Thursday, August 2, 2012

We've got issues...

Every Thursday, we post a question for our followers--and every Saturday, one of the commenters will be selected to choose a title from our Vault! ARCs, signed books, awesome books... Anything we have--you get to choose.

To enter, follow YA Confidential and please make sure that your email address is linked to your comment in some way! (So we can get in touch with you :)

Today's question:
What's one YA issue book that really stayed with you after reading it?

Our Answers

Katy: Barry Lyga's BOY TOY. It's one of my favorite contemporaries, and one of the most authentic male POVs I've read. BOY TOY's subject matter is supremely disturbing, yet it's too important a topic to shy away from. 

Jessica: Hate List by Jennifer Brown. As a teacher, this book about a school shooting moved me down to my core. I have never ugly cried at a book like I did at the end of this one, and I still think about it. The impact that this one had on me will probably never go away as long as I hang out with teens all day long.

Karen: WINTERGIRLS will always stick with me. The lyrical writing made a story about an awful and heartbreaking topic seem tragically beautiful.

Matt: Stick, by Andrew Smith. Abuse and runaways. 'Nuff said.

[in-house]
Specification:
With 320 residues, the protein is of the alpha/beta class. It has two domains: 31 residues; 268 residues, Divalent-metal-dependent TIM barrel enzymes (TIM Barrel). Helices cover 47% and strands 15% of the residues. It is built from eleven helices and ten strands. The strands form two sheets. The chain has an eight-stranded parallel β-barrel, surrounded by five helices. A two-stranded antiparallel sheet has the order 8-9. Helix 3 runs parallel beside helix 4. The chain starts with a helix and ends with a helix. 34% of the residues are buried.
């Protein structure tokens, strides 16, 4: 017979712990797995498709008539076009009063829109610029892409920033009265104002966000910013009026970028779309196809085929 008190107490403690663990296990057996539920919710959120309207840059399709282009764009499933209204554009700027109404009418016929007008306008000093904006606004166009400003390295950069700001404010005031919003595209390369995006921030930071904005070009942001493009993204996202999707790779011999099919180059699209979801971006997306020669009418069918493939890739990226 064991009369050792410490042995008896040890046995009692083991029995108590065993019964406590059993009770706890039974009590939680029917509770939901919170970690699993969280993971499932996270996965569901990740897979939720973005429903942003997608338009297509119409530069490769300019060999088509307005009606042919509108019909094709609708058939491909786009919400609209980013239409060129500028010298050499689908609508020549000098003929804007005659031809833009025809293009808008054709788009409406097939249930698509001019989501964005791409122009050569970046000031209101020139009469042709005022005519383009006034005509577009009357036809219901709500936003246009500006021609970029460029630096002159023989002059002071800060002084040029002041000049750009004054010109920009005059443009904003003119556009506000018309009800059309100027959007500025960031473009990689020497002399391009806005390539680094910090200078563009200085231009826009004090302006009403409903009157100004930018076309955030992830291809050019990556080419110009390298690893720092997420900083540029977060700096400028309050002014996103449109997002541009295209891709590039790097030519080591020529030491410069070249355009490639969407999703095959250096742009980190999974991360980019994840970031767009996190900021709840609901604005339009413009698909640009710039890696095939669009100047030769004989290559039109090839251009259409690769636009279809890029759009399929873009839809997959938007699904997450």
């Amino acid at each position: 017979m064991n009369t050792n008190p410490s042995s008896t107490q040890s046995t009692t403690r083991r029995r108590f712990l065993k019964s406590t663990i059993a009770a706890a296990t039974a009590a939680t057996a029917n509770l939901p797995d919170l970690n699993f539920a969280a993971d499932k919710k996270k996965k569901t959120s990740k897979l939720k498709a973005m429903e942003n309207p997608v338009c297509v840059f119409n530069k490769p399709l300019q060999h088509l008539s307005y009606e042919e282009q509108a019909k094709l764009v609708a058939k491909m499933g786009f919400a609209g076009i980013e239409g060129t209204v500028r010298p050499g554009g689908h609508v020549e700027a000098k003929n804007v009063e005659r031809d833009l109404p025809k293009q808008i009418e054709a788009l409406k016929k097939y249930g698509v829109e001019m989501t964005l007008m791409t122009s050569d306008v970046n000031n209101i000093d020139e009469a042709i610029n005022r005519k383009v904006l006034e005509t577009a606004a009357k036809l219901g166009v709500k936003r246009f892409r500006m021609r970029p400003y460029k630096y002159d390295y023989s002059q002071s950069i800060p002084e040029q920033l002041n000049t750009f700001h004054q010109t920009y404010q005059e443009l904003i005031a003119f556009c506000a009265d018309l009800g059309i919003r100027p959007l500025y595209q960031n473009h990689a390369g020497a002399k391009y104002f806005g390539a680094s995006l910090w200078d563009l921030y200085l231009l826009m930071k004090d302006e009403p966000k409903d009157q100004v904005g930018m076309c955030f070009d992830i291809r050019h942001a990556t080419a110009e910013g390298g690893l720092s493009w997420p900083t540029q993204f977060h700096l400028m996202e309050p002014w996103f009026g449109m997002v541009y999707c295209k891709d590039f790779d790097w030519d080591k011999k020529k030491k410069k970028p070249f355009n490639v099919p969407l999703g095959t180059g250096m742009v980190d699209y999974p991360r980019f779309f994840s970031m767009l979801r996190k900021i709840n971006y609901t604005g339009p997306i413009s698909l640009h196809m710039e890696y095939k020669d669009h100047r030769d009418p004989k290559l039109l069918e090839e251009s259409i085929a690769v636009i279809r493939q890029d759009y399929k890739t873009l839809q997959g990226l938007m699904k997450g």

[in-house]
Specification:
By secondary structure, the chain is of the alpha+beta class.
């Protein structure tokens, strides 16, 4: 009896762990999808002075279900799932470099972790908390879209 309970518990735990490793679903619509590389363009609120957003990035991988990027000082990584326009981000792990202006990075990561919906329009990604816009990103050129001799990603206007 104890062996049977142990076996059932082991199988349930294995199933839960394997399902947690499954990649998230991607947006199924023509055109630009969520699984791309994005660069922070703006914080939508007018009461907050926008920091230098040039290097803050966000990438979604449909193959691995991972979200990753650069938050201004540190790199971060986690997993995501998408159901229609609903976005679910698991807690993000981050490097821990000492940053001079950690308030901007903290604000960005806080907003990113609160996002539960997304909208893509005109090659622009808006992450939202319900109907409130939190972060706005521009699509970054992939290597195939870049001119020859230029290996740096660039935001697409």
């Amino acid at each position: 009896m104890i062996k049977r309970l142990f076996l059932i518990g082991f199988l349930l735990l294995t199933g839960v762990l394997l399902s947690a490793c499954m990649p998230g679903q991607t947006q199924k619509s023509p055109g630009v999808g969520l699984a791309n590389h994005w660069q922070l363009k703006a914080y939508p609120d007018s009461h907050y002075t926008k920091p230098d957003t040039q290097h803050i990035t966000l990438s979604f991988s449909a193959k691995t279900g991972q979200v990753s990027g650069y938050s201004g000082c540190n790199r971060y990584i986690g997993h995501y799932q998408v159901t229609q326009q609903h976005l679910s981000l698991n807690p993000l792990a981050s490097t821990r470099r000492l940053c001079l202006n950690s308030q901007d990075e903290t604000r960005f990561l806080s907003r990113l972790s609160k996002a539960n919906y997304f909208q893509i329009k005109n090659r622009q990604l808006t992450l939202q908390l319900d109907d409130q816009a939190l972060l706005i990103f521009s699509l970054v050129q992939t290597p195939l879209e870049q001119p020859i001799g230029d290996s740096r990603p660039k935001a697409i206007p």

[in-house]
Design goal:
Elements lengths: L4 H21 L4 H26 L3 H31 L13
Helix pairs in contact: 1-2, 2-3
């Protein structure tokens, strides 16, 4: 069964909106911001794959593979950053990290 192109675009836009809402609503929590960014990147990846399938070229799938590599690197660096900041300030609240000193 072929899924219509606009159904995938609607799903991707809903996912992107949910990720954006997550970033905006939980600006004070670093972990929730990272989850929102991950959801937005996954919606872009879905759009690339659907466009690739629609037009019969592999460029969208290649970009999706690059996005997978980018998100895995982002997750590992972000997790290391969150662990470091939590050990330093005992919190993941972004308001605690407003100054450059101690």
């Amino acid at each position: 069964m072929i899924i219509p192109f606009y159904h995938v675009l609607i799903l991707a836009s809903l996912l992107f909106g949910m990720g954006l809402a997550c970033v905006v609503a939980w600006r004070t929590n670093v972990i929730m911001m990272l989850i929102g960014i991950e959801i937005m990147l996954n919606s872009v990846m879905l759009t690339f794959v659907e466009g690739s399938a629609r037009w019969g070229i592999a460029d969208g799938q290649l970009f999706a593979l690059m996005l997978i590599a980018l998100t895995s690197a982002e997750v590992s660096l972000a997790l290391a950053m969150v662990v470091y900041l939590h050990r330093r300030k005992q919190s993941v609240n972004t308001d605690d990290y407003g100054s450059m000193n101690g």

Alison: HATE LIST (Jennifer Brown). Like Jess, I’m a teacher too. And I can’t tell you how much I hurt (stomach, heart. Bladder—only because I didn’t want to stop reading to use the bathroom) while reading this book. I cried at every newspaper excerpt. I hurt with every failed attempt to move on. Gosh, I BAWLED at the quarter thing (if you read it, you’ll know what I’m talking about). Jennifer Brown’s aftermath of a shooting at a high school is just so compelling and devastating and so freaking REAL. And Jennifer Brown is incredible. She had me sympathizing (and in some cases, empathizing) with everyone—the victims, the friends and students of the victims, the bullies, the girlfriend, and yes—even the shooter. Having an almost Columbine at my own school almost ten years ago—knowing (more like, taught) the kids who plotted, the kids on the list, the people I work with every day who could’ve died had the plot not been uncovered—this book hit too close to home. And one day, when I can separate myself enough from the book, I’ll review it.

Cambria: DROWNING INSTINCT DROWNING INSTINCT!!! I read this one at the end of June and I STILL can't stop thinking about it. It grapples with a sensitive and very much taboo subject and I think Ilsa J. Bick executed it brilliantly. It's one I think everyone should read, especially if you like morally-conflicted stories like Stolen by Lucy Christopher (and see what I did there? I got in mentions of TWO of my favorite books! Booyah.)

Alexandra: Tricks by Ellen Hopkins.

Your turn!


Eliza Tilton said...

Go Ask Alice. I read it over 14 years ago and I still remember it. Haunting, disturbing and sad.

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